Each morning when I change his water he hears the zipper and positions himself on the mesh closest to where there will be soon be an opening. Smart little fellow! He is determined to get out and I am equally determined that he stay put. It’s critical that he doesn’t get a chance to do further damage to that wing. All the grooming he has been doing has made a difference. Although his wing is still not securely held against his body, it’s not all ruffled up like it was before. And he’s so active! When I kneel down to see and converse with him at close quarters he climbs the mesh inches from my face – we are definitely friends, and he clearly knows his name – how much I wish I could hold him.

One fascinating shift is the way he eats his seeds. Instead of pecking at them steadily like he did that first morning, he will take one seed, hop away to eat it and return for another, just like these birds do outdoors. It may be that due to the trauma/injury he had been lying in the snow all night and was literally starving when I rescued him. All of this, is of course, conjecture. 

Four days after he arrived a chickadee called – a single chirp –like sound – outside the window around 8AM. Little Blue jumped onto the mesh and hopped around with obvious excitement. I wondered if the bird that called might have been Little Blue’s companion. At this time of year chickadees rarely vocalize unless a predator is in the area.   

  To provide him with extra nutrition I ground up raisins and almonds and chopped up some apple to add to his sunflower seeds… At some point I will have to remove him from the carrier in order to clean the cage floor but I am going to wait to do housecleaning as long as possible for obvious reasons. I am frankly delighted that he likes to poop in his water because I change that every day!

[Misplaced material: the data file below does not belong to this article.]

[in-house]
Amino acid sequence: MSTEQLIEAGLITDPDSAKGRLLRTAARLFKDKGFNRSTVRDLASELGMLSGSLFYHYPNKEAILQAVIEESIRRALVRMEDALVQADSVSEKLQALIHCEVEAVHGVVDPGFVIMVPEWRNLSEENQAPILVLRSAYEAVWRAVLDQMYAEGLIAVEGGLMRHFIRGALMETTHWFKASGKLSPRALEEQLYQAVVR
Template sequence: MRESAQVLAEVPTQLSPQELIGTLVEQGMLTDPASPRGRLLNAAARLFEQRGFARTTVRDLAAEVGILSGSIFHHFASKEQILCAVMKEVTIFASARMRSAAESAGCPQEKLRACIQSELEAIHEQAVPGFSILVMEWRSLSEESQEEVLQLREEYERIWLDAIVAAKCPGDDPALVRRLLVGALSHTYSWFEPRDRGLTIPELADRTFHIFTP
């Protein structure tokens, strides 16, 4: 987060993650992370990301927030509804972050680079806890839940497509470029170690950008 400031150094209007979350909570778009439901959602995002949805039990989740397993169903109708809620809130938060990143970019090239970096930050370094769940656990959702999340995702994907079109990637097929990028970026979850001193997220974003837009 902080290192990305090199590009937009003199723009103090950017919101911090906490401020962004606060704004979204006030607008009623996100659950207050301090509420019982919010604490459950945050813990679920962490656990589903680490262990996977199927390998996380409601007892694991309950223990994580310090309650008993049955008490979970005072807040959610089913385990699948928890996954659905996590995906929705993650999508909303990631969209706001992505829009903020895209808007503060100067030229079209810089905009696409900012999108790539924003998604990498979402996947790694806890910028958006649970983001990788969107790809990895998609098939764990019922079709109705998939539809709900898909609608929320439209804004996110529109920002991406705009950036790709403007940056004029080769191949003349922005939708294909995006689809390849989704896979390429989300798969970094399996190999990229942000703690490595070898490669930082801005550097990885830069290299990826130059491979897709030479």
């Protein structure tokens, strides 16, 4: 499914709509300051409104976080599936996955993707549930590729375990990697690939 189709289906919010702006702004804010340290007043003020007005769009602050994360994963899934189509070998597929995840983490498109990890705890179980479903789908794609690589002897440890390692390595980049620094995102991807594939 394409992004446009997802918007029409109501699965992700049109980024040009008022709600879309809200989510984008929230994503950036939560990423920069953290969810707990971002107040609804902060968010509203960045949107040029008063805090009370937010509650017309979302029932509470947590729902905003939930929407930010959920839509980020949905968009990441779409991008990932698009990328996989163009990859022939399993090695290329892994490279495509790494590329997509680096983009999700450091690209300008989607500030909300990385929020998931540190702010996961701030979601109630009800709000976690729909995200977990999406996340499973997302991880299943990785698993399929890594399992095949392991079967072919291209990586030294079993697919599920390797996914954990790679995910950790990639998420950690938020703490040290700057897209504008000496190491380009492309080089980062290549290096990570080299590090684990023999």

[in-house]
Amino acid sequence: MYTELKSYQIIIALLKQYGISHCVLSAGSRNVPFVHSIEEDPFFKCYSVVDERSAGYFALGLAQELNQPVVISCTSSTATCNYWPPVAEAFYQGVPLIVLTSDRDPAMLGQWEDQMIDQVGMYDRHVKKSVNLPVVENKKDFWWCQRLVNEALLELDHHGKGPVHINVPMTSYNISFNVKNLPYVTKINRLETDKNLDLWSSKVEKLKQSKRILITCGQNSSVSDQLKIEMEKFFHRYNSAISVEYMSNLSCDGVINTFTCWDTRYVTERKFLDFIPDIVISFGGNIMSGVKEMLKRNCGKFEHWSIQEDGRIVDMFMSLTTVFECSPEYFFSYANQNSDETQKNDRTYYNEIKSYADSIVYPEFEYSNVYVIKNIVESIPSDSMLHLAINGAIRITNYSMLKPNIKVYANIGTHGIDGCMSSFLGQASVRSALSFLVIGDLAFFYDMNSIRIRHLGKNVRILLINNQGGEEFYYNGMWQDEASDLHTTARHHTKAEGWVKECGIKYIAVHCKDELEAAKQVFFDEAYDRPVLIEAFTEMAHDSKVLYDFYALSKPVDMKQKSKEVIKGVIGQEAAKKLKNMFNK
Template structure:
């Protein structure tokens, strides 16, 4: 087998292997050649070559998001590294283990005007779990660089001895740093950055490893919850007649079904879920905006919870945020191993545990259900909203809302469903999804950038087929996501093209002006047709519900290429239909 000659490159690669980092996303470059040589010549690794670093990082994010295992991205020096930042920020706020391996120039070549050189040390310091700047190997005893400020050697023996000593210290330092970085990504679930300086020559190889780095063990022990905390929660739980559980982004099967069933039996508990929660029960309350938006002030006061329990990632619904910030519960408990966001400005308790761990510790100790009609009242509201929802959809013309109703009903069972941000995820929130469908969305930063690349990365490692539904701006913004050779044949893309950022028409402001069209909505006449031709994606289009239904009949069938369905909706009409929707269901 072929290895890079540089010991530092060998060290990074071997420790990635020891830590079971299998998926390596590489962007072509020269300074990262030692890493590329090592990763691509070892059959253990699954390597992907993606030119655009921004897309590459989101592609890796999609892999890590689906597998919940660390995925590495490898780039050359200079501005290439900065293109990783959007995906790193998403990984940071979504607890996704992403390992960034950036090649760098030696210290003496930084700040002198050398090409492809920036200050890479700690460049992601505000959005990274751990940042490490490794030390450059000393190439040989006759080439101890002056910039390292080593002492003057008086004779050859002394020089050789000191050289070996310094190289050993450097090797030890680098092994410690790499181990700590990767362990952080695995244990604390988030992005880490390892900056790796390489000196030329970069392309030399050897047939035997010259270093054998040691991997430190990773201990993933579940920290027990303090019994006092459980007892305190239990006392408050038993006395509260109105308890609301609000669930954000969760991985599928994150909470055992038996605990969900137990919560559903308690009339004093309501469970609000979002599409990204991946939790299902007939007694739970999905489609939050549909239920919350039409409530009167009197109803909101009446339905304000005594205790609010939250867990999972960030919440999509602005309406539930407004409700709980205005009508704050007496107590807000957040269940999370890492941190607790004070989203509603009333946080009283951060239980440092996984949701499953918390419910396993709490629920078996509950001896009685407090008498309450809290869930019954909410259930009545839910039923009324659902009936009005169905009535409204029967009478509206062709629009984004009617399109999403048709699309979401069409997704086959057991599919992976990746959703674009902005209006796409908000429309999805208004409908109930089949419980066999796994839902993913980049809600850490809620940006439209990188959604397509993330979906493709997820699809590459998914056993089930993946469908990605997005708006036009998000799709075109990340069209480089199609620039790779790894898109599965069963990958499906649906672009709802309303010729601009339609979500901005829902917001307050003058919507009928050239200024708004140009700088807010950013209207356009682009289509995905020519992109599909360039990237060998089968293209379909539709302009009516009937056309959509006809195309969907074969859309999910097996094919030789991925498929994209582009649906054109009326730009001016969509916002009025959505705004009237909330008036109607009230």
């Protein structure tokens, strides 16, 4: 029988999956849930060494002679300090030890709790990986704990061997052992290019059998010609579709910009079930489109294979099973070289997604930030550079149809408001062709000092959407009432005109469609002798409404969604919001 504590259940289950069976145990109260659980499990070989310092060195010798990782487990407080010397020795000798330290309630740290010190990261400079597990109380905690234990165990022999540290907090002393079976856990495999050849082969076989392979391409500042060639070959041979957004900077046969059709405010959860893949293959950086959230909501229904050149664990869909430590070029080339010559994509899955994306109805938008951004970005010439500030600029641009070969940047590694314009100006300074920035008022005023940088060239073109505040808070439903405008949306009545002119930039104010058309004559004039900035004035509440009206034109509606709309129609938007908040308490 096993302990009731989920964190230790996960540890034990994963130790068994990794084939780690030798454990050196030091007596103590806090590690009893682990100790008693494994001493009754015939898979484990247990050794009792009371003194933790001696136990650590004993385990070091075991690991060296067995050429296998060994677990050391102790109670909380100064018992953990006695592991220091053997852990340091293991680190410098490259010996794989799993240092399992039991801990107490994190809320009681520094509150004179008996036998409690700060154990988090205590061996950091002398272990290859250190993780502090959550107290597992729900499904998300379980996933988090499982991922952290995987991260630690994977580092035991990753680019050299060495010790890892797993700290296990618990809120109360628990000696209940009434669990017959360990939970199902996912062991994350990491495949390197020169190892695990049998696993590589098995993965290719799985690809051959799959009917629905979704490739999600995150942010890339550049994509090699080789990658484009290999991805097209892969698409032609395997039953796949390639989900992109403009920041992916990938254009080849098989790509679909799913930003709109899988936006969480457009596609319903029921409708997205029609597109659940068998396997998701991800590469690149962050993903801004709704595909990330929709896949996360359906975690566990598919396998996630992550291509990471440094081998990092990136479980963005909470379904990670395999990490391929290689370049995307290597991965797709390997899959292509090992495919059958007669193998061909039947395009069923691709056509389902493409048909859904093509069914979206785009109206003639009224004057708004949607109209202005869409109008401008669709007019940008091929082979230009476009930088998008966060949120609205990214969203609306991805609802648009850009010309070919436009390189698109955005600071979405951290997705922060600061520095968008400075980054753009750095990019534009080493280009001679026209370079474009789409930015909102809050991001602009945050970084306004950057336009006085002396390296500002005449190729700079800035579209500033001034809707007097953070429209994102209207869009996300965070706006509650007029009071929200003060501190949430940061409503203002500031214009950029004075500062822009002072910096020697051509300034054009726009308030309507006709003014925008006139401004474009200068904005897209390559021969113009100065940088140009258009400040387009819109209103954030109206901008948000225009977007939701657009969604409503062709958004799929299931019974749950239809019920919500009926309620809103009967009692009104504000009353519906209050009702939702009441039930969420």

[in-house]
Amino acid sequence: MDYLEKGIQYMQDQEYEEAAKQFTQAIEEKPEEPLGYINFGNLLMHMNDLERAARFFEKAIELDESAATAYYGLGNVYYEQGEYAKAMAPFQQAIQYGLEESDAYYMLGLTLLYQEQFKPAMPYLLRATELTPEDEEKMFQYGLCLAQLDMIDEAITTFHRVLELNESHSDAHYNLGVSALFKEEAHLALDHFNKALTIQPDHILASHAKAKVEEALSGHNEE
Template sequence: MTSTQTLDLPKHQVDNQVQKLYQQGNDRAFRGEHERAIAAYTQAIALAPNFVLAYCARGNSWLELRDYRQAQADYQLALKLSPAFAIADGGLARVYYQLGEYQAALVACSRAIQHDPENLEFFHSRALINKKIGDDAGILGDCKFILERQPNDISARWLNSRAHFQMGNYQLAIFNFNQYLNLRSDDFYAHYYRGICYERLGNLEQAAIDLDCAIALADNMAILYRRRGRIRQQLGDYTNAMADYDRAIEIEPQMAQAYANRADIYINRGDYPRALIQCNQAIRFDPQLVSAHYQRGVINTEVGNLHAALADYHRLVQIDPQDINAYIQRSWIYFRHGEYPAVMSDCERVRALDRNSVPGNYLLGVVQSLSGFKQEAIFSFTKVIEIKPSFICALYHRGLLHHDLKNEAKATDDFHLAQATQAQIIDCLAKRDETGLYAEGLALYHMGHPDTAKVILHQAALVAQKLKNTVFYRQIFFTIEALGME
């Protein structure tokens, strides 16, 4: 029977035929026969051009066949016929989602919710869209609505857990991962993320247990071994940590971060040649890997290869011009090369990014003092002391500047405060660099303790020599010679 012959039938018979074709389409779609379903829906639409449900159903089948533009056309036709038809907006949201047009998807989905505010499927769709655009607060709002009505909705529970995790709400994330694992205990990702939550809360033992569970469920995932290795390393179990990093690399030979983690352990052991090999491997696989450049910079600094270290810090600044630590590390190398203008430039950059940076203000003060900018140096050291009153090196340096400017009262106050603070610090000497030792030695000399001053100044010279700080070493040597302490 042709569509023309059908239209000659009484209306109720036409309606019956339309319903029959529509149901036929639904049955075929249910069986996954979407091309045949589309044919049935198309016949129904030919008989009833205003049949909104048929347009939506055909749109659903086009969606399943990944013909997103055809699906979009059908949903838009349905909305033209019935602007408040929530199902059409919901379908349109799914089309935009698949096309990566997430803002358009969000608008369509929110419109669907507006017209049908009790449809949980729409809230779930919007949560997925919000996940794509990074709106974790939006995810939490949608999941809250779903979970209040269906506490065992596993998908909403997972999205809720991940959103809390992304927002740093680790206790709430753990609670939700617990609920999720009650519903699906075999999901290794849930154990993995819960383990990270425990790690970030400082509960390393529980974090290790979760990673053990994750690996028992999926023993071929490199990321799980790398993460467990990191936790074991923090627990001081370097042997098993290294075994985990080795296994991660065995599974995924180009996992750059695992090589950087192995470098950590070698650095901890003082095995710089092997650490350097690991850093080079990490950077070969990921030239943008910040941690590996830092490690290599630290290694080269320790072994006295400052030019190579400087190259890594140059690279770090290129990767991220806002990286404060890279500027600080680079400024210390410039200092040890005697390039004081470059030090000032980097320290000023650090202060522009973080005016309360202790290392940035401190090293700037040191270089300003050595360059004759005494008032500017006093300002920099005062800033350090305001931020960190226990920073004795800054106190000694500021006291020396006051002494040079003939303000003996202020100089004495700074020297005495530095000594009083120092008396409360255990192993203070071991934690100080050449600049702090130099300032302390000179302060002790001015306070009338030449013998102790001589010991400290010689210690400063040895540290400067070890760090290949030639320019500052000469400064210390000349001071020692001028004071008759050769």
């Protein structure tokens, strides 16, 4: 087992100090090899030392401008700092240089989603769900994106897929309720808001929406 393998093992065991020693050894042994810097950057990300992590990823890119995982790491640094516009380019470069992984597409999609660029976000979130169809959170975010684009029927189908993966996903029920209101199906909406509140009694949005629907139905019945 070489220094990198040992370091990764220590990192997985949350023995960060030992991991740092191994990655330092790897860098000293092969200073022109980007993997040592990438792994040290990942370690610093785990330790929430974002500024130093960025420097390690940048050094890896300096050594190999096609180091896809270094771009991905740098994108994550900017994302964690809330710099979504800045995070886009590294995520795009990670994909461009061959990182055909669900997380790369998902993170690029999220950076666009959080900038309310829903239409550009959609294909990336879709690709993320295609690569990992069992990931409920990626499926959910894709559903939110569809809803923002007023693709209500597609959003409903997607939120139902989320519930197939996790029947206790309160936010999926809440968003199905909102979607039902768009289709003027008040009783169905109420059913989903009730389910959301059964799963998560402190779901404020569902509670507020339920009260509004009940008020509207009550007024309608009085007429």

I am prepared to keep him – if necessary – permanently. But because he is a wild bird I fervently hope his wing will heal well enough so that he can rejoin his companion and friends by early spring.

Despite their once vast range, as a species,  chickadees are remarkably homogeneous in their genetic make-up. The Black capped chickadee’s closest relative is the Mountain chickadee, another endearing avian creature. Both species hung out in the juniper in Abiquiu until last winter. Although I had four Black capped chickadees not one Mountain chickadee visited any of my feeders.

Many folks know that Climate Change and habitat loss from logging and forest fires are reducing the  chickadee’s population. Northern New Mexico is perched on the edge of extinction of both the Black capped and Mountain chickadee. In Maine we seem to be a bit more fortunate – but for how long?

My strategy is to take refuge in the present enjoying every chickadee that comes my way. Although I feel ambivalent about having a caged wild bird in the house, I am frankly fascinated by the behavior of my little boarder. I am particularly interested to find out what happens when the outdoor chickadees begin to vocalize on a regular basis. Will I be able to confirm Little Blue’s gender?

 Obviously, I love these little birds. I fed them by hand as a child and have continued this practice as an adult, especially during the summer months. I can’t imagine living anywhere without them.